These web-holders hl1ve a forward and . back caused by lugs upon their under side engaging with a rotary cam, and they are fitted in radial grooves in an annular web-holder bed attached to the upper part of the needle-bed.. As the needles rise through the fabric, the web-holders move forward, their downwardly curved tail-pieces bearing upon the fabric, undthe web-holders continue to advance until fingers on the top engage with the edge of the web on the each side of the needle. By. this mellns also the loop held on the needle is drawn back away from the open or latch side of the needle, thus insuring that the needle shall carry its shank through the loop in its up;ward passage, instead of permitting it to slip off the latch side, as it' might if not so held back. As-the needle continues its upward movement through the loop, preparatory to taking the yarn for anew loop, it tends to lilt the fabric with it, owing to friction, but the overhanging fingers of the web-holders rest above the edge of the web on each side of the needle, and thus prevent it from being lifted up by the needle. About the time the needle has reached its descent,or before it begins to ascend, the web-holders are retracted or moved outward, so that they may be again mOl'ed inward to eugage with the web andeo-operate witb the needle. The specification declares that the invention has special referenceto a combination, and the elements of thecorabination are se.t forth in the claim of the patent, as follows: "In a circular knitting machine. a cylindrical. hollow.uDobstructed needlecylinder. adapted to permit the free passage down thr()ugh It of a web and a series of latched needles. a separate web-holdinitbed provided wi.th radial grooves. and a web-holder operating cam, combined with longitudinallyreciprocating web-holders placed and movable within the grooves of. the web-holder bed. the said web-holders being provided with points, g. and downwardly curved tail.pieces. h. adapted to remain always within and at the rear of the series of needles. and to prt'ss 81o(ainst, but not penetrate. the web 8S it is drawn over the said web·holdel's and out through the hollow· cylinder. the cam to. move the web-holders being shaped to optlrate as and for the purpose described." . This case turns upon the construction which should be 'given totbe claim,nud especially to the words, "downwardly curved as applied to the web-holder. It is important in this connection 'to aamine the file-wrapper and contents of the palent. In his first application Shaw claimed broadly the combination of a seriesof inliependently acting web-holders with a series of independently acting needles adapted to co-opemte together to knit the web, and hold itdqwn; also a series of web-holders notched to hold the web down, in combination with a. serieiJ of needles adapted to be actuated independently, and with a cam to retain the web-holders forward during the time that the needles riS& and fall adjacent to the web-hoMers. This application was rejected by 'by the the Patent Office on the ground thatthe invention was Burson and Nelson patent of November 30, 1875, the Hollen pat,ent.'of October 10, 1876, and the English patents granted to White, 1.1a:'16.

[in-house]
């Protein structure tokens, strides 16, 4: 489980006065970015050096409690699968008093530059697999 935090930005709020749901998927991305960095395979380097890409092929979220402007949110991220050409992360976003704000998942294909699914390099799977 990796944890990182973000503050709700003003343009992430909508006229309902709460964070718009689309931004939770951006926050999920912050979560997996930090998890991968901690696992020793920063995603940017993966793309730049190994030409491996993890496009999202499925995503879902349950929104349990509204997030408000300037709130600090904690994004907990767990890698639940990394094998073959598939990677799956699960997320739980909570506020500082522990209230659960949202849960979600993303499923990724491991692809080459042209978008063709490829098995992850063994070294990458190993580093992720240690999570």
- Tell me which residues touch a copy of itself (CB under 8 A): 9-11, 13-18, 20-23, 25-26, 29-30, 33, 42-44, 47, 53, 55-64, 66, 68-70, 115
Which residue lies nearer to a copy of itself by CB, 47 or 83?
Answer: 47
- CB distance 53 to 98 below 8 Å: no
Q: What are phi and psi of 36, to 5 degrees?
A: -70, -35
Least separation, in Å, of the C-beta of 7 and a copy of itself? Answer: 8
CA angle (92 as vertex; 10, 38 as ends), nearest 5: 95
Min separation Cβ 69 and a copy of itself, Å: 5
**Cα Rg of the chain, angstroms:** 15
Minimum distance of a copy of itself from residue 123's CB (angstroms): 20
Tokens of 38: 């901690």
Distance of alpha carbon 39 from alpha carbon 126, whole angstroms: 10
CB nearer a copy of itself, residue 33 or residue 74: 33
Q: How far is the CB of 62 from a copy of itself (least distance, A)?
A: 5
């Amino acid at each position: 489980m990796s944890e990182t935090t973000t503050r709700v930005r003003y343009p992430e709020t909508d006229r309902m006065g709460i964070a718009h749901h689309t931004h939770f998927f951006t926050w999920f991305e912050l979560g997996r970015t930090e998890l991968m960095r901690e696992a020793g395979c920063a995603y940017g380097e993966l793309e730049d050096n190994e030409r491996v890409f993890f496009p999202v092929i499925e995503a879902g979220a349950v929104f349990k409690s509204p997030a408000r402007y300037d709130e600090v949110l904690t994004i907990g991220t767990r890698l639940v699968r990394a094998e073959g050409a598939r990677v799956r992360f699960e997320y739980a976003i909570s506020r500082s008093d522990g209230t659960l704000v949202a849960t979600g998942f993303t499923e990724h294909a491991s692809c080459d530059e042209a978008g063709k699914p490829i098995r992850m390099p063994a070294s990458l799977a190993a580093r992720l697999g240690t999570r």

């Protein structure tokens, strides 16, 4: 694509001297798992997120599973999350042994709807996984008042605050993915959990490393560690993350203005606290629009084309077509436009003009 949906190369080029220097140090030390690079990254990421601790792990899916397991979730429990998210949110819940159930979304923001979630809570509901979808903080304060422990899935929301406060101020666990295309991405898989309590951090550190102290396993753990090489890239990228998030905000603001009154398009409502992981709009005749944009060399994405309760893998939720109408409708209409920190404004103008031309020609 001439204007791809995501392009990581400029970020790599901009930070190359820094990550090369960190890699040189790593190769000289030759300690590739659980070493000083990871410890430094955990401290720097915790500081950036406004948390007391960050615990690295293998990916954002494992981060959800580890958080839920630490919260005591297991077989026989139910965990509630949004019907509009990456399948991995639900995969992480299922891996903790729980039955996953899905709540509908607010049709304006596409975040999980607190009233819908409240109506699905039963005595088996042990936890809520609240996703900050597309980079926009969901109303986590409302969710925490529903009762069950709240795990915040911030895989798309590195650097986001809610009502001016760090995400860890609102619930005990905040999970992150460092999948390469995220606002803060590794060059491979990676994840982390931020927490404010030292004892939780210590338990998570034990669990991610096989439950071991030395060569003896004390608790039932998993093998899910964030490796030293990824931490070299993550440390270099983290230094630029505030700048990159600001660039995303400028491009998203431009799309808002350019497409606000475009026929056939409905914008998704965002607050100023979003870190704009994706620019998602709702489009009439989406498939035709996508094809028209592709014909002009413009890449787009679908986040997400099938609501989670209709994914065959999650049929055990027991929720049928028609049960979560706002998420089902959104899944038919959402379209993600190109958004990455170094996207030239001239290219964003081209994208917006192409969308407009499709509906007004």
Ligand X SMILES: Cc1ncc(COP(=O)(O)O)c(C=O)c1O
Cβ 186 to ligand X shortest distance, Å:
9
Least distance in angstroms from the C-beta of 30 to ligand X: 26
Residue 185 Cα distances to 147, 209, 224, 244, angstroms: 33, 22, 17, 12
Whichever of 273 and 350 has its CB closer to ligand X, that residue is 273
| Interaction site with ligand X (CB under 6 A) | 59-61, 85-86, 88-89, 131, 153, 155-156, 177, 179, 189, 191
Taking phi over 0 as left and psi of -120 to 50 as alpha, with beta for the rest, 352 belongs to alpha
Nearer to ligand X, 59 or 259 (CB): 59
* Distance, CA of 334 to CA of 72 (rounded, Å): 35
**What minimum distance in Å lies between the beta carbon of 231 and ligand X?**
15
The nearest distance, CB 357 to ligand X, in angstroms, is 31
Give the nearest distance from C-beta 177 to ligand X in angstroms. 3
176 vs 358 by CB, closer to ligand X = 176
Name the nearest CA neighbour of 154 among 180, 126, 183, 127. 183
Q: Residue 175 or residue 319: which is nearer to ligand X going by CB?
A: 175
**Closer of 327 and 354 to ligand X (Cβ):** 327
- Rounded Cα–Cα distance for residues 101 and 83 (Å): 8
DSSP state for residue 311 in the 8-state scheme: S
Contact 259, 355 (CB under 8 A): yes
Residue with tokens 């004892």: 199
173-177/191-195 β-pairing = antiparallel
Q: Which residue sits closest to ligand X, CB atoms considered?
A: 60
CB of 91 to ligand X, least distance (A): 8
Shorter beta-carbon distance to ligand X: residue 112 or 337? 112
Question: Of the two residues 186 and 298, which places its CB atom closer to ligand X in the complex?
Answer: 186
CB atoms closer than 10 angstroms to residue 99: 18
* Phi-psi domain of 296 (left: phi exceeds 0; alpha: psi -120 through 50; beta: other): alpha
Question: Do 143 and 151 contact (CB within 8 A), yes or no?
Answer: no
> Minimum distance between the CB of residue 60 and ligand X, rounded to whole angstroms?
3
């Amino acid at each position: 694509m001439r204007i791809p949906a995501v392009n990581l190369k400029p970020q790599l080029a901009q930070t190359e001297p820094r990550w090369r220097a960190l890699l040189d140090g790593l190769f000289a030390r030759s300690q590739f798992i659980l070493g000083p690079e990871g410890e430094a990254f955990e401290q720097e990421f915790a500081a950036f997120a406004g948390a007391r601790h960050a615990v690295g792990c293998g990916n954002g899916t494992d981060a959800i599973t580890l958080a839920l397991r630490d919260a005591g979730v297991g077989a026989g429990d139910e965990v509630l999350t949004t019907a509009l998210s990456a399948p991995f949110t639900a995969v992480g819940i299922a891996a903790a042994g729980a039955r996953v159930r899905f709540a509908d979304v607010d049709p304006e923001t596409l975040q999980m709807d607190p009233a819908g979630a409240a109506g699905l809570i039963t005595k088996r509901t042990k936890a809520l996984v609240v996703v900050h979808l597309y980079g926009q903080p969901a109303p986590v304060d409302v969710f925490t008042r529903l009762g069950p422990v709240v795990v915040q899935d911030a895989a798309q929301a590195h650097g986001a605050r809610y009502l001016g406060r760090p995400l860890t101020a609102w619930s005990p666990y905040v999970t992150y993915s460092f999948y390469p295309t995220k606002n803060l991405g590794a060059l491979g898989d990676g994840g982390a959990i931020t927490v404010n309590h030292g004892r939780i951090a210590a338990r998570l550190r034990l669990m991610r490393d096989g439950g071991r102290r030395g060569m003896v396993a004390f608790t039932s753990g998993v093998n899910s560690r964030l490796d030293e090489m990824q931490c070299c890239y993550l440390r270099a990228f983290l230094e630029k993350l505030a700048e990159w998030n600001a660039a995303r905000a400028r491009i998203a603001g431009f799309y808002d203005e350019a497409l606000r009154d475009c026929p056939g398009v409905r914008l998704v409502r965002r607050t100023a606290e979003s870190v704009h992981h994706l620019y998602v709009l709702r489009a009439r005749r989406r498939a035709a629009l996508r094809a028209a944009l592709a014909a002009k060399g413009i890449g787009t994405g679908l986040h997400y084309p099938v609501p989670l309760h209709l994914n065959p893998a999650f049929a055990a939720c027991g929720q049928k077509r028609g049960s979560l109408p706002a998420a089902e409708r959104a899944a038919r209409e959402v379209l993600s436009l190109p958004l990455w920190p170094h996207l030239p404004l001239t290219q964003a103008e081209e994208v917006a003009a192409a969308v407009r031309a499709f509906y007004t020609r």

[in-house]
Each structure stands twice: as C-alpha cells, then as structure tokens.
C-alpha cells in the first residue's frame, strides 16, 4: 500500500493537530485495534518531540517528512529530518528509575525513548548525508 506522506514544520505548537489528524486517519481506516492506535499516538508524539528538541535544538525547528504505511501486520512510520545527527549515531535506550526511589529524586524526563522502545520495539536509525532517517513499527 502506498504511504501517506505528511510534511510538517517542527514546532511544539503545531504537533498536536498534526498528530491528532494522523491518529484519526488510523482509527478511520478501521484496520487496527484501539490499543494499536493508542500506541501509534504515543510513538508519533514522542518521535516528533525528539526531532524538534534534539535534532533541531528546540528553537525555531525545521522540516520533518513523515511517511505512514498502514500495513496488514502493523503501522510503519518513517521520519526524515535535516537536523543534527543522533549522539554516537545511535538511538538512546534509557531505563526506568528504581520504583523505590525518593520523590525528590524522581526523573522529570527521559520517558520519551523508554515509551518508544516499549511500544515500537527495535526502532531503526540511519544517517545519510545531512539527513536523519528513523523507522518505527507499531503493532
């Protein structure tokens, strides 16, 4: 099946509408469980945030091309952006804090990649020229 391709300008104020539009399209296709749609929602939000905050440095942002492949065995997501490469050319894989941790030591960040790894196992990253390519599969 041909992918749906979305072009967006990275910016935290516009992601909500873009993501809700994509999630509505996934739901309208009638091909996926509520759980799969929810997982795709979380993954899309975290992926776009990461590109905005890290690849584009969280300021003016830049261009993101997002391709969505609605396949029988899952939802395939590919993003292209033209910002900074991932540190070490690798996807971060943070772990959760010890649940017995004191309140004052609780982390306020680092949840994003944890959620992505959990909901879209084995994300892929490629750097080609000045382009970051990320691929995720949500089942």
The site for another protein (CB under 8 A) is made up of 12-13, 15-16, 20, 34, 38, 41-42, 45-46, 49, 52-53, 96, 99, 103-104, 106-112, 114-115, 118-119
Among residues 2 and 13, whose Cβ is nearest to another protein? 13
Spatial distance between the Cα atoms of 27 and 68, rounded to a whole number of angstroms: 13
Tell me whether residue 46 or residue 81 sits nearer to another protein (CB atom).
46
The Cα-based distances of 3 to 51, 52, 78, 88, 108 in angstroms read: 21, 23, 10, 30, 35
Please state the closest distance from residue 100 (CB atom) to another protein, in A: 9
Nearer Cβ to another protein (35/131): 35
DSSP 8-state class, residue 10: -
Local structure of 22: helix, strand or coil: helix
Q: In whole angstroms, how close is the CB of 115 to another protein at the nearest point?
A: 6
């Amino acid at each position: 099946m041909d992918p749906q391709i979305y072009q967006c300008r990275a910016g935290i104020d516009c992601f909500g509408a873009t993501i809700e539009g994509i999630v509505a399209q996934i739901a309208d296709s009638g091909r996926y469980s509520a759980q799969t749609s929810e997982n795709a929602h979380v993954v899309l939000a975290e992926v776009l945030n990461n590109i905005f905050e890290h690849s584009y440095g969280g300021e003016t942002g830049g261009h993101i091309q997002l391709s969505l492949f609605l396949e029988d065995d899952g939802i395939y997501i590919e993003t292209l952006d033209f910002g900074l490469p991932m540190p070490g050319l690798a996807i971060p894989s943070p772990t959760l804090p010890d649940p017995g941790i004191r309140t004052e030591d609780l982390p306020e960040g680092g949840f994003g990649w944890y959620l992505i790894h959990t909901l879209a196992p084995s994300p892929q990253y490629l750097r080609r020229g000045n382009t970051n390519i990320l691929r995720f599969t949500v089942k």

1$63, to Mellor, November 7, ,Shaw thereupon amended his specifiPJition and claims, but, the ,patent was again refused. After further amendments, the patent was, finally allowed in its present form. By proceedings Shaw waived the broad invention covered by the claims in his first application, and limited his invention tp the combination of elements found in the claim of the patent. I am aware that the complainant seeks to cut under to a great extent the prior art, as exhibited in thelile patents, by proving that Shaw made his invention in 1867, or 10 years before he filed his application. The difficulty with this p()siHon is that, having acquiesced in the decision of the Patent Office, and, obtaining his patent on that condition, it is now too late to try and broaden its scope by showing that his invention antedated some of the patents ,cited by the examiner. Whatever the date of the invention, itmust be with the limitations imposed by the Patent Office cO!1p.ition o(tOO gr&nt, or, in other words, it must be limited to the combination set .forth in the claim of the patent; and, so interpreted, I with the statement of complainant's expert, Mr. Livermore, that composing the claim of the Shaw. patent were old at the the, ,patent, and that the only new and patentable feature lies in construction of some of those elements." , the defepdant:s machine embody this comhination? '1he defendant uses a wllb-holderl;1a,ving a straight rounded at the end, but not downwardly curved. If the downwardly cU1'\red lfeature" of the 'shaiw :tail-piece is immaterial, so far as the successis concerned, SO by betllat court should conSIder the defendant's tmlof Shaw's, and so within the patent; but if it should. ,turn" out that this peculiar construction of the tail-piece was necessar,..tothepractical operation of the Shaw machine as organized, and wasso'regarded hy the inventor, then the absence of this feature in tlie'd'e,feq'daht'sweb-llOlder has a very important o'f'infringeIirent, especially in view of the scope of the Shaw patent as shown by the file-wrapper and contents. "TU(pWg, ito "the recm;d' in this case. we find in the affidavit of Henry J;>. mechanic who built,the first machine covering this inventiq:n :!loder: the direction ofShaw,) filed in the Patent Office in conntlction, with the Shaw application, the following language: